Attorney General William Barr has said there’s no systemic racism in America’s police forces. The problem is a few bad cops. But this "bad apple" narrative is precisely the wrong way to think about police brutality, says journalist Malcolm Gladwell.
Gladwell is the intellectual provocateur famous for mining behavioral science for his bestselling books, including "The Tipping Point" and "Outliers," and for his podcast "Revisionist History." Over the years he has written about many notorious cases of police brutality, including the deaths of Amadou Diallo, the African immigrant who was shot 41 times by New York police officers when he reached for his wallet to show them his ID, and Sandra Bland, the Black woman who died in a jail cell after being arrested for a routine traffic violation.
Gladwell has now been closely following the protests in response to the police killing of George Floyd. In an interview with "To the Best of Our Knowledge," he spoke about the entrenched problems he sees within American policing.
This transcript has been edited for brevity and clarity.
Steve Paulson: We’ve had repeated cases of African Americans killed by police. Why has the response to George Floyd’s death been different?
Malcolm Gladwell: It becomes impossible to ignore when it's happened so many times. What happened three or four years ago with Ferguson and the other wave of high-profile cases was a very clear precursor. I think we just reached that tipping point where finally people could no longer sweep this issue under the rug.
I mean, you could tell the story of Los Angeles through acts of police violence that involve young African American men and women, chiefly men. That's the story of the Watts riots in the 1960s. It's the story of the Rodney King riots (in the 1990s). And the Eula Love shooting, which took place between them. The social history of Los Angeles over the last 50 years can literally be told through this very particular problem of how a white police officer handled an interaction with an African American. So this is something we've been dealing with as a society for decades.
SP: You've been writing about police violence for years, mining the work of social scientists who study these cases. Are there any takeaways about what should be done?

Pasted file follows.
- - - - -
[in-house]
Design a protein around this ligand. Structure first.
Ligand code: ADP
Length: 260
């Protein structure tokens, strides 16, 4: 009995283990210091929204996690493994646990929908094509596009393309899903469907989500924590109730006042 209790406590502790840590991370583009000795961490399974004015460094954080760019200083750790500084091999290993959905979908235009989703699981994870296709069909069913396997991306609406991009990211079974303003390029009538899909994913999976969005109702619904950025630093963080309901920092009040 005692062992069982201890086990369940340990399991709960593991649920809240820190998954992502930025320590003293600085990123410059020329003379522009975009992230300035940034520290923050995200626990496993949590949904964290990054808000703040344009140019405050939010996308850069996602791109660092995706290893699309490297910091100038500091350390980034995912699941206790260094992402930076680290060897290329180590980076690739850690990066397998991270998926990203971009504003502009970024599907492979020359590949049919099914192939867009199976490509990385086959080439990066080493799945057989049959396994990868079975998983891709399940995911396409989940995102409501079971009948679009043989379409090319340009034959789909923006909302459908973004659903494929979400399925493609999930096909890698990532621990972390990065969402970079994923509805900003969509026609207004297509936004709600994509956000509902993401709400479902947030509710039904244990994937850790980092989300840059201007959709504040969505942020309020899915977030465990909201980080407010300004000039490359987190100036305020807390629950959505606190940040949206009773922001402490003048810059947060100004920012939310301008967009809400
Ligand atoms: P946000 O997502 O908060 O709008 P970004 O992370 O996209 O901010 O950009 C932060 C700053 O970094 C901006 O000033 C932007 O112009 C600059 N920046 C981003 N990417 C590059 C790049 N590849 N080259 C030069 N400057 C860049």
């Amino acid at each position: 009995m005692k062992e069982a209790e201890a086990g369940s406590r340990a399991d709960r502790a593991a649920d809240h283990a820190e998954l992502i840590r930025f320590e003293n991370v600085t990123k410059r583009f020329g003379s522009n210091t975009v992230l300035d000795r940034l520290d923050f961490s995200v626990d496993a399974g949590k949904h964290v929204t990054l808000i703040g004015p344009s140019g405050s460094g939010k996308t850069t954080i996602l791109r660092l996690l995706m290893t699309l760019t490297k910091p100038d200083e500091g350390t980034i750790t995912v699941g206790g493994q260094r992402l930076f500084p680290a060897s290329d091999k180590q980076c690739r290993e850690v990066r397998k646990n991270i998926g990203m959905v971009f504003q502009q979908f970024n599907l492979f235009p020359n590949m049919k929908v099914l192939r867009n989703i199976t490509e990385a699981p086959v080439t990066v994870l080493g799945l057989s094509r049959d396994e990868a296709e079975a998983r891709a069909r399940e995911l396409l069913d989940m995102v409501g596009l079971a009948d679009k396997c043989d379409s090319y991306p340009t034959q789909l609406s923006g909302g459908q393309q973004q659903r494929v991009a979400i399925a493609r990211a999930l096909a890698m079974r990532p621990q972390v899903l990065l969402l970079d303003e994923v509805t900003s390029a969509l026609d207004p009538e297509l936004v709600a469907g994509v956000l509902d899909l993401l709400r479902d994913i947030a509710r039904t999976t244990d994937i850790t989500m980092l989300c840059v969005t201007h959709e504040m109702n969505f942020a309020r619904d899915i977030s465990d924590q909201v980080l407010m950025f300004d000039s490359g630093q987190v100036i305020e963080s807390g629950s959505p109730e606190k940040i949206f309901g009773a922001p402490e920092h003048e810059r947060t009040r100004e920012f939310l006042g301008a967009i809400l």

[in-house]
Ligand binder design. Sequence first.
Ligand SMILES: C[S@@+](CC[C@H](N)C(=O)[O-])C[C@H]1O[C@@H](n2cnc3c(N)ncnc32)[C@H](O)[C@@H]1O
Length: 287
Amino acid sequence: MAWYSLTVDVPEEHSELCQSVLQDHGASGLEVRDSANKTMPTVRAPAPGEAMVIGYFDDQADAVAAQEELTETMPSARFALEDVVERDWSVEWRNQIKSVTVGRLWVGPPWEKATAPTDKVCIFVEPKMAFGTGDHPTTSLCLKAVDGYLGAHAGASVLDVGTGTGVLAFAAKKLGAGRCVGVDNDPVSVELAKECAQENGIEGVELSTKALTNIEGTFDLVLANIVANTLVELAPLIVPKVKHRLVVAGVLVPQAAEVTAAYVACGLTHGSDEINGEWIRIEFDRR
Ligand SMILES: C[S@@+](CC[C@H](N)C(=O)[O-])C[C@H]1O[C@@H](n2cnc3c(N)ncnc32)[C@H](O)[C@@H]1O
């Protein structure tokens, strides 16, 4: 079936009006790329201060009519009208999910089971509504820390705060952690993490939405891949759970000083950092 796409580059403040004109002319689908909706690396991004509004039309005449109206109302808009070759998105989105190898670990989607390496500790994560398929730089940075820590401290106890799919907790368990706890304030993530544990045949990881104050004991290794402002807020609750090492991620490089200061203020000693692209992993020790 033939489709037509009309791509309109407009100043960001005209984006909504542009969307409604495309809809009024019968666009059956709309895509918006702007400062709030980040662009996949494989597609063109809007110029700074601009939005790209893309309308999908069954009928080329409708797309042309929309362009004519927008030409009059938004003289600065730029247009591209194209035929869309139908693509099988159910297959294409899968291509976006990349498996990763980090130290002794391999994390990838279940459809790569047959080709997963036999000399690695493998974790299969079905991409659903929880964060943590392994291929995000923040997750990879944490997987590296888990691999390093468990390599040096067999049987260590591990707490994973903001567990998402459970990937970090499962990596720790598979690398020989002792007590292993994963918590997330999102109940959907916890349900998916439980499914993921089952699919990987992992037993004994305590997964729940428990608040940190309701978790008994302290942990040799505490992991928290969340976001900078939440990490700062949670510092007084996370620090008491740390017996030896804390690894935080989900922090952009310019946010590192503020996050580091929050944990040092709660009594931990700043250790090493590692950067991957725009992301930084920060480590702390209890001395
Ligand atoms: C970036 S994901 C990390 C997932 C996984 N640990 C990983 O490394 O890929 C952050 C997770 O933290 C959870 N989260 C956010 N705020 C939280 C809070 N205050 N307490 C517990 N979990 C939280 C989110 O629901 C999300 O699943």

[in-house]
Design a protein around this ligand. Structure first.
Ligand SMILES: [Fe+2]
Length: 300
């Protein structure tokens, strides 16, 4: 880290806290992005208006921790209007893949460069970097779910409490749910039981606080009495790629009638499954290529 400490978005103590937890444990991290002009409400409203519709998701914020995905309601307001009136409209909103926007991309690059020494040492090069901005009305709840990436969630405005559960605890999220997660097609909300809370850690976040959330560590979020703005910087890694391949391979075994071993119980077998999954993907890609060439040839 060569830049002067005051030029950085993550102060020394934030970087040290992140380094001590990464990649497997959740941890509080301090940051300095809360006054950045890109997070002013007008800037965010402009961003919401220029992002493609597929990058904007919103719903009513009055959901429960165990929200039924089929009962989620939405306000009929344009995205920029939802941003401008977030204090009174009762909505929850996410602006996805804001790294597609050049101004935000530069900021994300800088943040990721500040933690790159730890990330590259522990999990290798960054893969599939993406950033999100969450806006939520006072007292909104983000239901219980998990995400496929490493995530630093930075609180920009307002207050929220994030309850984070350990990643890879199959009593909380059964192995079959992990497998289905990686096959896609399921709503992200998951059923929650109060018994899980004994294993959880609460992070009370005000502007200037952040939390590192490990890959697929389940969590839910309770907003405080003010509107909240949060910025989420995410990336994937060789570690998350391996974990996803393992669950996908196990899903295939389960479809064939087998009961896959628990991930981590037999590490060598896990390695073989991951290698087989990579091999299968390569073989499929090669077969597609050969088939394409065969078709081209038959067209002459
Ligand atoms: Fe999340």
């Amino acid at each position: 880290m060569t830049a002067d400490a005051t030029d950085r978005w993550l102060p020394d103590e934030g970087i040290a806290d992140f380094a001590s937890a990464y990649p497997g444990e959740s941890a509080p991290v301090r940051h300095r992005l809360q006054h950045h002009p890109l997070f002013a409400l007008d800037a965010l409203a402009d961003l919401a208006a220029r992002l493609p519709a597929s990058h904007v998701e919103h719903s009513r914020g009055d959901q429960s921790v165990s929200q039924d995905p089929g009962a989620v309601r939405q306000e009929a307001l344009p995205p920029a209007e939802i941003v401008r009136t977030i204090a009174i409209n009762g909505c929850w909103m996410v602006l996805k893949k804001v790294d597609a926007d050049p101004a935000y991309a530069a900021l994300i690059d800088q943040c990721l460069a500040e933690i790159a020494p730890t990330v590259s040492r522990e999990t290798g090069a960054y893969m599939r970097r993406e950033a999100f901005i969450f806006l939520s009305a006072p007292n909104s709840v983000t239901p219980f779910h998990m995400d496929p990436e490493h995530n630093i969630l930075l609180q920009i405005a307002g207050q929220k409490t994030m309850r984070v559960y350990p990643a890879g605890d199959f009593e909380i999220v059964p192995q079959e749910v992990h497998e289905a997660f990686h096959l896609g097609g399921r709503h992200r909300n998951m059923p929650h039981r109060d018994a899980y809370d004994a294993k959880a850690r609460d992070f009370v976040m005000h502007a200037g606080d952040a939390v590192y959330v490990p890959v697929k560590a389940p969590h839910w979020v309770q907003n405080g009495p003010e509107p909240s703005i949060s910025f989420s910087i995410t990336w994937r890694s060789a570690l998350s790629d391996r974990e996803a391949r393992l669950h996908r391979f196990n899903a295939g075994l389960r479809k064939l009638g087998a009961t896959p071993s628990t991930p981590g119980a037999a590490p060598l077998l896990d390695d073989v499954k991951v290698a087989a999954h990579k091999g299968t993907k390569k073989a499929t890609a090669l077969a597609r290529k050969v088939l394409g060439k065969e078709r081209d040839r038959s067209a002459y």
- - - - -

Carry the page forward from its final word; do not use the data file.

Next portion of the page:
MG: What I tried to do with my last book, "Talking to Strangers," was to look at the problem structurally. I was very interested in the case of Sandra Bland, the young African American woman in Texas who was found hanging in her jail cell three days after being arrested on an absurd routine traffic stop.
I tried very hard to move the conversation beyond the question of the specific motivations and biases of the police officer and move it to a discussion of structurally, what happens with policing that allows these cases to keep recurring again and again? And that's what has been very heartening about what's happened in the last few weeks and how quickly the discussion has moved to a structural level.
SP: So it's not just this one police officer who’s the bad apple.
MG: Yeah, the only way to deal with this is to think about it structurally. And to think, what do we want?
I was just reading this libertarian blog post by Alex Tabarrok, who's an economist at George Mason, and he said, maybe we should ask ourselves, why do police do traffic stops? Do we really have to? Other countries just have unarmed civilians give out traffic tickets. That's super interesting. So many of these problems come from traffic stops and there's no reason to assume the traffic stop is potentially a criminal event.
Imagine if the person stopping you for running a red light was my mom. She’s a thoughtful, 5-foot-tall, totally disarming West Indian woman in her 80s who is very good at dealing with people who are upset. She's not threatening. She will give you a very gentle tongue lashing if you're behaving badly. And if you're drunk, she'll call in someone to help her out. But it's not going to escalate if it's our mom, right?
Also, a lot of what police do is deal with people who are mentally ill. That's not the right job for the police.
SP: They're not trained to do that, unlike other professionals who are trained to work with the mentally ill.
MG: So this is an opportunity to rethink the role of the police. We haven't done it in a systematic way. You know, 99 percent of police officers are people who I think are honest and hardworking and want to do a good job. Their jobs are really, really difficult. But the 1 percent who are not good make it really, really difficult for everybody else.
So let's think about ways to lighten their load. We're asking them to do all kinds of things that are either outside their areas of expertise or are unnecessary. And so the next six months to a year are this incredible opportunity to sit down and say, "All right, what does a 21st century police force look like?"
SP: You would think a lot of police officers might welcome the directive to take certain responsibilities off their plate — to say, these are not the kinds of cases they should respond to.
MG: I absolutely agree that they would. And if their role was clarified in that way, I think it would be a lot easier for them to reestablish a bond of trust with the community they're serving.
The question is, can we repair that trust? And what does it take to repair it? To me, that is the urgent question.